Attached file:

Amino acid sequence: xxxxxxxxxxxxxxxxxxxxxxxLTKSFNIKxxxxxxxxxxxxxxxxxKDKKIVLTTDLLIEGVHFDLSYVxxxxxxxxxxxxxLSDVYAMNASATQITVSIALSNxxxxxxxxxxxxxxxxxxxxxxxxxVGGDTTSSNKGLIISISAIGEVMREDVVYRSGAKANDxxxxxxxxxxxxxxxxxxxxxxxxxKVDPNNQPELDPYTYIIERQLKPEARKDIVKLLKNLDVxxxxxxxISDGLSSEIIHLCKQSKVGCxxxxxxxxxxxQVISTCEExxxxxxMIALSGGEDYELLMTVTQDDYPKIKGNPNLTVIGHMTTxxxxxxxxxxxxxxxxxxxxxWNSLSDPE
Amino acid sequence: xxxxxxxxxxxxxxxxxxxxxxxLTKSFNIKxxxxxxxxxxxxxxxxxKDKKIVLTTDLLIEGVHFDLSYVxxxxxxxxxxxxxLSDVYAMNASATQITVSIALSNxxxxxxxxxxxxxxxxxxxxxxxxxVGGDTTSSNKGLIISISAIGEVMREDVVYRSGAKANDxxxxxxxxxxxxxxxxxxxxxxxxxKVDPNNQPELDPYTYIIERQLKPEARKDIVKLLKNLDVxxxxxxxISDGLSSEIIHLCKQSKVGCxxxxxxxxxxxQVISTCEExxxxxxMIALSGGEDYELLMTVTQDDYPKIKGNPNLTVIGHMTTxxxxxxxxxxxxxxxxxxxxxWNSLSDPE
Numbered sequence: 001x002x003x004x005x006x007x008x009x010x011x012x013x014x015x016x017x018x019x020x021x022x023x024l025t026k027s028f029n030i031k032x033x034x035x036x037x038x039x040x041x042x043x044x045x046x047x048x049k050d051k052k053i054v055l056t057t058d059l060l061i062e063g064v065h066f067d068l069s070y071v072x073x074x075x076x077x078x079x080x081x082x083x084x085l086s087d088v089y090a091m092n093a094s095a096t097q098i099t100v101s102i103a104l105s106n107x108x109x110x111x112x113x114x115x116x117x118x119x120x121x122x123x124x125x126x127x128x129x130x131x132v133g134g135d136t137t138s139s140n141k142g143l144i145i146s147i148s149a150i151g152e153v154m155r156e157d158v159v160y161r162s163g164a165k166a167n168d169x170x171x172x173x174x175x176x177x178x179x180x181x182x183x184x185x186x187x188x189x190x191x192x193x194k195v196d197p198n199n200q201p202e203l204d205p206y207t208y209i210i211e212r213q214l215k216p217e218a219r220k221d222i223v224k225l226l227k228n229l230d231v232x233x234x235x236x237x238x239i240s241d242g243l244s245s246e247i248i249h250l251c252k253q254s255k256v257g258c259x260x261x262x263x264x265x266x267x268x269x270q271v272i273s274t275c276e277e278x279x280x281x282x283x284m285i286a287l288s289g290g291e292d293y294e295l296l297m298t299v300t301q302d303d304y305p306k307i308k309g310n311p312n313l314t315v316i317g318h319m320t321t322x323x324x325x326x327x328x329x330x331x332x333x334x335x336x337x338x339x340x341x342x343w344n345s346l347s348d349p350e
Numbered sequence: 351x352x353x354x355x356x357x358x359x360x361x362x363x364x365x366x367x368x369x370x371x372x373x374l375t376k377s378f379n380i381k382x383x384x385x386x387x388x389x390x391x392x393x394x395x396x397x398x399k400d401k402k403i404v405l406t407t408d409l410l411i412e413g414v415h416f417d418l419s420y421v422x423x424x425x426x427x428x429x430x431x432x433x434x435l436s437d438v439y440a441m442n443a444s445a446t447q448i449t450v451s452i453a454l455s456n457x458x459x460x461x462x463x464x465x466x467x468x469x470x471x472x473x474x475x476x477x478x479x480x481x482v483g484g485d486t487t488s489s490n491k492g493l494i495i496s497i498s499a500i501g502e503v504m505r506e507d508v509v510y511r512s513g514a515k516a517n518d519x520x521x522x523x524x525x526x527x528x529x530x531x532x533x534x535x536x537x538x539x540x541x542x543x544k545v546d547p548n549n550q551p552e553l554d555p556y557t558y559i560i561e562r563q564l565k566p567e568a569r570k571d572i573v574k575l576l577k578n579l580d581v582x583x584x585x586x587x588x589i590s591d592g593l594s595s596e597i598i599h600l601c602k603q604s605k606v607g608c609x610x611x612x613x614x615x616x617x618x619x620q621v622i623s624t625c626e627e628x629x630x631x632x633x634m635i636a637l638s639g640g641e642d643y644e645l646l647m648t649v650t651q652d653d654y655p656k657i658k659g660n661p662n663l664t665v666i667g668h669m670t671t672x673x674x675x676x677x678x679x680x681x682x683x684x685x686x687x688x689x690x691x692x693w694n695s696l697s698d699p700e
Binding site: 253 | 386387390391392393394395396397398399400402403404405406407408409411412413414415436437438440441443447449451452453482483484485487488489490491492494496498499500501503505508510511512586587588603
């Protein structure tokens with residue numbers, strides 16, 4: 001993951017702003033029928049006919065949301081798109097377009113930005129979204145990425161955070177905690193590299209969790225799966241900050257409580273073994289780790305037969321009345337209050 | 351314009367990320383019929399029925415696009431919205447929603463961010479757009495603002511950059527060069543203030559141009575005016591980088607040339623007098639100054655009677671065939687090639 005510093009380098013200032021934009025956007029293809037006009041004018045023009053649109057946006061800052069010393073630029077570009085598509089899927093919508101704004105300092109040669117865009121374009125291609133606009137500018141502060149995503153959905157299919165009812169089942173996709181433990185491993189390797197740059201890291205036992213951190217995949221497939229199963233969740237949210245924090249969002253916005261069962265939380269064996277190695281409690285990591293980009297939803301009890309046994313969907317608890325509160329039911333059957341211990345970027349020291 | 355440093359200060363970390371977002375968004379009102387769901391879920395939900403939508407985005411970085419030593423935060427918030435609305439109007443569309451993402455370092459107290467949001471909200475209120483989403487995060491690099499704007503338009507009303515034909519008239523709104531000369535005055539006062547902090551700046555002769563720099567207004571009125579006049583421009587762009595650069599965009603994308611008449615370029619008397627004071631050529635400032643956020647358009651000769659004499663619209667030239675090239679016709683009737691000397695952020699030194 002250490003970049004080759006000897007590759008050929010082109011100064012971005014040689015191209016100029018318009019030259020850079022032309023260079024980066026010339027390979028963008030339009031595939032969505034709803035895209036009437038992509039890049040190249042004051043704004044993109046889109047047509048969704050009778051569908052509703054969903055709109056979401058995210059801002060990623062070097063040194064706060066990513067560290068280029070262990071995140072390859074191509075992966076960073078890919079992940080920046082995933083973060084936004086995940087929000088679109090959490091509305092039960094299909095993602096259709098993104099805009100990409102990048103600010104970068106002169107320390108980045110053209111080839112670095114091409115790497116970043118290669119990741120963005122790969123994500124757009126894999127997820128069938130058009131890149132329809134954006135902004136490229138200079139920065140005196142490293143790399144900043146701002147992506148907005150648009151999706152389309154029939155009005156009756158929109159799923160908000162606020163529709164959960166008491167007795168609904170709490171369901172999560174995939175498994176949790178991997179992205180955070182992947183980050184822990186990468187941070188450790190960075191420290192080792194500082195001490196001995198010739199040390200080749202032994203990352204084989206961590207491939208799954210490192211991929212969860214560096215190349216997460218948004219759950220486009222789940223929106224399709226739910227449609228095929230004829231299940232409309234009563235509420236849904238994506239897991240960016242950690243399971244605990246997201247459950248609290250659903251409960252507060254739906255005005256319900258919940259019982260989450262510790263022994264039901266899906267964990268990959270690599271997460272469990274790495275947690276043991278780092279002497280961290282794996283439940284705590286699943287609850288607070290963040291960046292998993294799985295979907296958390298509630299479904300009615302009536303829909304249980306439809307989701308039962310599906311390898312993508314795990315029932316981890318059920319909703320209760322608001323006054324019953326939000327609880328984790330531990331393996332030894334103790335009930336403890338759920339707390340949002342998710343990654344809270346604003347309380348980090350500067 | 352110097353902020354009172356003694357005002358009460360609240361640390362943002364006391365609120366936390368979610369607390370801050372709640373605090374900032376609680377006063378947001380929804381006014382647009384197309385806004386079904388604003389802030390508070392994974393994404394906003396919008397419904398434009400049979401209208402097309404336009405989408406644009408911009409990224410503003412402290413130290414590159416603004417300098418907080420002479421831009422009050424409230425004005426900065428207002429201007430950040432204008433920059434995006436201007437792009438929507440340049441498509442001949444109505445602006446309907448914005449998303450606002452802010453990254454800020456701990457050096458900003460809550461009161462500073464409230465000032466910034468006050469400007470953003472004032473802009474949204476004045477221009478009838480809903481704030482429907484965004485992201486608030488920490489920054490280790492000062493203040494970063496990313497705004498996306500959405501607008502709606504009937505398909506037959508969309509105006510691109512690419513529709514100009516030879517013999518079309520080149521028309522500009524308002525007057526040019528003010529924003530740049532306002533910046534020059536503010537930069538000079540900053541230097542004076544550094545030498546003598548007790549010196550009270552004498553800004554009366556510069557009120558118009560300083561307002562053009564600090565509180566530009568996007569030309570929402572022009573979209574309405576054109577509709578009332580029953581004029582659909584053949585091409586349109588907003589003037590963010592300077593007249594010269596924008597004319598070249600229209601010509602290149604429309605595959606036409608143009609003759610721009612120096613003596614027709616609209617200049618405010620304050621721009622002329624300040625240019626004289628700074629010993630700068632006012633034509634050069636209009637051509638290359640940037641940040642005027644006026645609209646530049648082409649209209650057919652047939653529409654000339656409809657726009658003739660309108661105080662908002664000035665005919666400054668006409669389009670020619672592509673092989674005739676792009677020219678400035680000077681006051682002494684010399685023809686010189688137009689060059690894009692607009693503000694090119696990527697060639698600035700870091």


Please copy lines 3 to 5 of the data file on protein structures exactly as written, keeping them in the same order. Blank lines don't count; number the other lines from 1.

Numbered sequence: 001x002x003x004x005x006x007x008x009x010x011x012x013x014x015x016x017x018x019x020x021x022x023x024l025t026k027s028f029n030i031k032x033x034x035x036x037x038x039x040x041x042x043x044x045x046x047x048x049k050d051k052k053i054v055l056t057t058d059l060l061i062e063g064v065h066f067d068l069s070y071v072x073x074x075x076x077x078x079x080x081x082x083x084x085l086s087d088v089y090a091m092n093a094s095a096t097q098i099t100v101s102i103a104l105s106n107x108x109x110x111x112x113x114x115x116x117x118x119x120x121x122x123x124x125x126x127x128x129x130x131x132v133g134g135d136t137t138s139s140n141k142g143l144i145i146s147i148s149a150i151g152e153v154m155r156e157d158v159v160y161r162s163g164a165k166a167n168d169x170x171x172x173x174x175x176x177x178x179x180x181x182x183x184x185x186x187x188x189x190x191x192x193x194k195v196d197p198n199n200q201p202e203l204d205p206y207t208y209i210i211e212r213q214l215k216p217e218a219r220k221d222i223v224k225l226l227k228n229l230d231v232x233x234x235x236x237x238x239i240s241d242g243l244s245s246e247i248i249h250l251c252k253q254s255k256v257g258c259x260x261x262x263x264x265x266x267x268x269x270q271v272i273s274t275c276e277e278x279x280x281x282x283x284m285i286a287l288s289g290g291e292d293y294e295l296l297m298t299v300t301q302d303d304y305p306k307i308k309g310n311p312n313l314t315v316i317g318h319m320t321t322x323x324x325x326x327x328x329x330x331x332x333x334x335x336x337x338x339x340x341x342x343w344n345s346l347s348d349p350e
Numbered sequence: 351x352x353x354x355x356x357x358x359x360x361x362x363x364x365x366x367x368x369x370x371x372x373x374l375t376k377s378f379n380i381k382x383x384x385x386x387x388x389x390x391x392x393x394x395x396x397x398x399k400d401k402k403i404v405l406t407t408d409l410l411i412e413g414v415h416f417d418l419s420y421v422x423x424x425x426x427x428x429x430x431x432x433x434x435l436s437d438v439y440a441m442n443a444s445a446t447q448i449t450v451s452i453a454l455s456n457x458x459x460x461x462x463x464x465x466x467x468x469x470x471x472x473x474x475x476x477x478x479x480x481x482v483g484g485d486t487t488s489s490n491k492g493l494i495i496s497i498s499a500i501g502e503v504m505r506e507d508v509v510y511r512s513g514a515k516a517n518d519x520x521x522x523x524x525x526x527x528x529x530x531x532x533x534x535x536x537x538x539x540x541x542x543x544k545v546d547p548n549n550q551p552e553l554d555p556y557t558y559i560i561e562r563q564l565k566p567e568a569r570k571d572i573v574k575l576l577k578n579l580d581v582x583x584x585x586x587x588x589i590s591d592g593l594s595s596e597i598i599h600l601c602k603q604s605k606v607g608c609x610x611x612x613x614x615x616x617x618x619x620q621v622i623s624t625c626e627e628x629x630x631x632x633x634m635i636a637l638s639g640g641e642d643y644e645l646l647m648t649v650t651q652d653d654y655p656k657i658k659g660n661p662n663l664t665v666i667g668h669m670t671t672x673x674x675x676x677x678x679x680x681x682x683x684x685x686x687x688x689x690x691x692x693w694n695s696l697s698d699p700e
Binding site: 253 | 386387390391392393394395396397398399400402403404405406407408409411412413414415436437438440441443447449451452453482483484485487488489490491492494496498499500501503505508510511512586587588603